Worse, this has been done by usupring people’s phones while riding. Despite claiming to not care whose riding app customers use, to get any connected functionaly on BMW bikes, I have to turn over my phone to their “we know best - it’s maps only for you!” system. Customers care about other things. Some customers care about voice assistants (Siri, Google Assistant). Other customers care about notifications. Some want to be able to take a call while continuing to navigate. Each of these scenarios came up from other customers during this Q&A, and each is solved elegantly by CarPlay and Andriod Auto.
BMW, it’s arrogant for you to say, “We know motorcycle riding best,” and then take over a vital device like an iPhone by limiting functionality to what you consider important, and only what you consider important (maps). Customers know their needs, so keep listening. If you carry on with your, “We know motorcycling best, so so we’ll decide what’s important for you to do with your phone while riding,” you will lose customers.
We will have a look at new functionality on the bikes but we need to think about when is the optimal time to bring a new experience to bikes.
That’s great. But as I said in my original post:
Recognize that Apple Carplay and Android Auto are better than any solution that BMW or Garmin will ever build. These are what customers want. Other manufactures have leapfrogged BMW in this regard. Not just any manufacturers, but ones that BMW should be quite embarrassed to be trailing! Here are three examples: Harley Davidson, Honda, Indian.
Some of these manufacturers support both Carplay and Android Auto, and deployment began in 2017. Here we are in 2020 with no option for making life a ride and still being in touch on our BMWs.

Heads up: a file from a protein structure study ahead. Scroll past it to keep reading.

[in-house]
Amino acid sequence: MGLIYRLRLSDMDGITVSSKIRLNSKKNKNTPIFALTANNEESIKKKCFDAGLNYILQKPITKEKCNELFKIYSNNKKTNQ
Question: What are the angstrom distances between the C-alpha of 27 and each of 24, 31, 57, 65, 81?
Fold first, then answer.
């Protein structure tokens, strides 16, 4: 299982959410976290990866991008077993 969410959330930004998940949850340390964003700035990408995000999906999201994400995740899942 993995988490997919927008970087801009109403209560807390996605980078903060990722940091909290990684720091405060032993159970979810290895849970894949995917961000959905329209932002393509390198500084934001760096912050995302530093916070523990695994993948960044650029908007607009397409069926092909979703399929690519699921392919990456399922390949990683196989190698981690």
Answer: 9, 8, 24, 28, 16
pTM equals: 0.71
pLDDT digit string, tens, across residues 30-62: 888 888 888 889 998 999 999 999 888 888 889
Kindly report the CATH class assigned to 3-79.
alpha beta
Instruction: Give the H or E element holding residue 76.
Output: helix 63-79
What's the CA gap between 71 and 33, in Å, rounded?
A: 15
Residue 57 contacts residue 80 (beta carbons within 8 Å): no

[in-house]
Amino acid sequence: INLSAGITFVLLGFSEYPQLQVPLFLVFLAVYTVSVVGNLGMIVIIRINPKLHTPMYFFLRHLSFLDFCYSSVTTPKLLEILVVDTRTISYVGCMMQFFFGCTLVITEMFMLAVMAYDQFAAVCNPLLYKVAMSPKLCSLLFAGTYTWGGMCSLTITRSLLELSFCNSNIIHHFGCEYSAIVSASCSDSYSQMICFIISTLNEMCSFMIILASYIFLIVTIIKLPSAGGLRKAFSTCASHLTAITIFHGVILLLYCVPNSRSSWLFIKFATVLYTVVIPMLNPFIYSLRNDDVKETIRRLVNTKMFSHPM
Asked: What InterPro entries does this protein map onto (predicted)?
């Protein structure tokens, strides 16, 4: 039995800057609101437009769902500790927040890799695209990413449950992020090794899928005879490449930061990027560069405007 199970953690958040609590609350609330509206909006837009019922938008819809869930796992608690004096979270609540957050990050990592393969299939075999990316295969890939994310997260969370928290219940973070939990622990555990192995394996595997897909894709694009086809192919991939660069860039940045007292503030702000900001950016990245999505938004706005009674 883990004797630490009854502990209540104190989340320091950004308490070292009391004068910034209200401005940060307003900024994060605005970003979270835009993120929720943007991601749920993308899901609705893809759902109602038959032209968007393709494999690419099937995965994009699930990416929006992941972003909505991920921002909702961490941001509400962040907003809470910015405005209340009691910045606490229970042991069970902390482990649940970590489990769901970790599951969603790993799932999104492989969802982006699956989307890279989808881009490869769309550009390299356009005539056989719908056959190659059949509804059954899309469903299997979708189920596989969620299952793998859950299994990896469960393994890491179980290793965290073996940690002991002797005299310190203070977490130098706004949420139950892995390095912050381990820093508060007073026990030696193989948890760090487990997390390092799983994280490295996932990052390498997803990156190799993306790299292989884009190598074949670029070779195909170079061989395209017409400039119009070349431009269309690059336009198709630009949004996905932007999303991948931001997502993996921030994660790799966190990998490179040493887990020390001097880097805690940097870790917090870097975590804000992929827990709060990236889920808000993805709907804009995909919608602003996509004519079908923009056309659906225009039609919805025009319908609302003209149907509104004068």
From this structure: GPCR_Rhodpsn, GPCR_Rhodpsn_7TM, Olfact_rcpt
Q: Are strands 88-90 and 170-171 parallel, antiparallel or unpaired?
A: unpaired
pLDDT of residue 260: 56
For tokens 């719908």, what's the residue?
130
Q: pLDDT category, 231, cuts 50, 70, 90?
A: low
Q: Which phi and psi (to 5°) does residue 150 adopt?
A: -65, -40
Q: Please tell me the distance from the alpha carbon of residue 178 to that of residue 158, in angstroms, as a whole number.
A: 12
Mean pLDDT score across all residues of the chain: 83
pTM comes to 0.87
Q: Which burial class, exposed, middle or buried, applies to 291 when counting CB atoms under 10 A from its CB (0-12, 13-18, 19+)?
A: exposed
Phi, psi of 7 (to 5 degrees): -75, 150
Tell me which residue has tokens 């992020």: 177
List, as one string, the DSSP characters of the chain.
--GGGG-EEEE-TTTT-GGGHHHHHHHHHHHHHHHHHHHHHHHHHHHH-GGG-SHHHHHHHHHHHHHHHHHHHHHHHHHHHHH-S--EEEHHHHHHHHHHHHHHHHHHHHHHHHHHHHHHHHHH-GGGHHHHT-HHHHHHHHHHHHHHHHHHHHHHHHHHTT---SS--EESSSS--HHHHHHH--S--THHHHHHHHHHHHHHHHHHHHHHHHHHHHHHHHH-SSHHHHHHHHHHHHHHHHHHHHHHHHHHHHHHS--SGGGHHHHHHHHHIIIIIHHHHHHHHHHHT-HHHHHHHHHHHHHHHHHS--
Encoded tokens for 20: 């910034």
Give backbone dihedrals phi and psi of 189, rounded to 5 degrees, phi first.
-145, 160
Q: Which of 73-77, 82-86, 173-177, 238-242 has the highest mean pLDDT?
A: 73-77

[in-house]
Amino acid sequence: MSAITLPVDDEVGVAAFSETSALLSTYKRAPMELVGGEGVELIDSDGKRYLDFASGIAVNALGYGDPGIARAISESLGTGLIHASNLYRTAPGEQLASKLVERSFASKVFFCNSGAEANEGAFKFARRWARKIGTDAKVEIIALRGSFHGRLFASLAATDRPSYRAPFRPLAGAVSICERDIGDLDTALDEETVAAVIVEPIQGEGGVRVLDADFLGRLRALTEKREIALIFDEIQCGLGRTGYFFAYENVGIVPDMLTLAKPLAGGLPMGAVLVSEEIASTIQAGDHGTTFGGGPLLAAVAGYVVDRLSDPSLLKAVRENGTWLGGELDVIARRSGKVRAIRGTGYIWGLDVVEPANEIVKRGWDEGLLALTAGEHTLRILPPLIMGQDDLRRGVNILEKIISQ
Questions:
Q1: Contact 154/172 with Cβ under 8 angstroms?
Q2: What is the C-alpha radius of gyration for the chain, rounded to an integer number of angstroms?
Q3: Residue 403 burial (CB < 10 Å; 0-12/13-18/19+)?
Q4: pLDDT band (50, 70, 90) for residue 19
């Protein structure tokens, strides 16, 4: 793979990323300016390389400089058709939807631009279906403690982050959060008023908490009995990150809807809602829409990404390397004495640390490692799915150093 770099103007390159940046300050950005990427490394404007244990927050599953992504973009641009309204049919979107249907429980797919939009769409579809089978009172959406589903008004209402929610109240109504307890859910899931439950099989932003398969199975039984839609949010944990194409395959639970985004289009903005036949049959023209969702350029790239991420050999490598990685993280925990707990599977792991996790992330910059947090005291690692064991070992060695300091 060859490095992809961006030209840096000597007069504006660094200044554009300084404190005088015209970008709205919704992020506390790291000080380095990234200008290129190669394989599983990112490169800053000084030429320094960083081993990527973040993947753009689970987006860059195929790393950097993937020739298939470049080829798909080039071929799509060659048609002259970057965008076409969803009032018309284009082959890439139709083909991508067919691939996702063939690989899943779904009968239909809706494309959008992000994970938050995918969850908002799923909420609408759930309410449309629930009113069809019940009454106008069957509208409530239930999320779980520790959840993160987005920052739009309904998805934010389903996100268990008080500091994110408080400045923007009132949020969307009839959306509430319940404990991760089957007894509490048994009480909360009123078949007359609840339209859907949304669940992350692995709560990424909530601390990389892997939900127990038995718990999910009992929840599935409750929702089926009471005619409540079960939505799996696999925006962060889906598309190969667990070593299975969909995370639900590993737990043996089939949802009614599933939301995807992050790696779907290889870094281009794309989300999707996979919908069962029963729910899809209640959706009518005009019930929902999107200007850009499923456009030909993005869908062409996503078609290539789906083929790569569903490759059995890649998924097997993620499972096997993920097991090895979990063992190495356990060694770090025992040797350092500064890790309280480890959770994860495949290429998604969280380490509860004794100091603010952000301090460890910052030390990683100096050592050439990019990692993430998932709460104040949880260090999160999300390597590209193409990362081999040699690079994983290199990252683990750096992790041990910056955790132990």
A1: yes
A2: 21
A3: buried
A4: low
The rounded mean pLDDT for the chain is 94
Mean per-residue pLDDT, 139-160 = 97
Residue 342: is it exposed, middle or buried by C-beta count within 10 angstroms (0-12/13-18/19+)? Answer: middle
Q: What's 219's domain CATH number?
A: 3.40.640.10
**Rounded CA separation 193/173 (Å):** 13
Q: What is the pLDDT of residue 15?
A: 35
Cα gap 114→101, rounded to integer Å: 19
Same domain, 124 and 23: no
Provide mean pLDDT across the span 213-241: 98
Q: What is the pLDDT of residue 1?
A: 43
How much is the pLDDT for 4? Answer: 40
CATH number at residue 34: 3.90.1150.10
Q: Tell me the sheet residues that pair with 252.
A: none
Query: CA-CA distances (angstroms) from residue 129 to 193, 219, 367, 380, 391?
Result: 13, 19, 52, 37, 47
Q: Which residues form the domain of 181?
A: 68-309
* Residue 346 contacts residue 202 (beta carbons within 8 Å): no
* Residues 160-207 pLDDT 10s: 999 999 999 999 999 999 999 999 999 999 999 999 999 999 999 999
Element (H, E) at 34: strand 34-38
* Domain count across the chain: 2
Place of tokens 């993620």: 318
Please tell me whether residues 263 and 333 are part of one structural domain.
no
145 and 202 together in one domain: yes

You can keep talking about how you’ll consider when it’s time for this, and meanwhile the rest of the industry is leading you. They listened to customers, and delivered what customers want. BMW Motorrad is far behind in connected riding experiences on motorcycles. Other manufacturers lead the way today.
I recongize that some riders want a pure experience. I appreciated my speedometer-only R nineT very much! Keeping distractions to a minimum is important. But for many riders, staying connected beyond an outdated mapping experience is an important part of enabling more riding. Apple and Google have years invested in state-of-the-art UI, layout, fonts, animations, notifications, all of the things that you claim BMW is better qualified to do on motorcycles. You’re simply wrong, and the problem-ridden nature of the questions in this podcast demonstrate that: Nearly every question was a problem report or a feature request.
Glad you’re listening, BMW. I appreciate that you’re exploring adding new expeirences. But stop thinking you know motorcycling better than your customers who are riding your bikes. I continue to enjoy my 2020 RT, electronics dumpster fire and all, but my next new bike will have CarPlay. Roman, Christan: It’s up to you as to whether that’ll be a BMW or not.
Oh, yes Steve Jobs was seen riding an R60/2 back in 1982. Photo courtesy of National Geographic.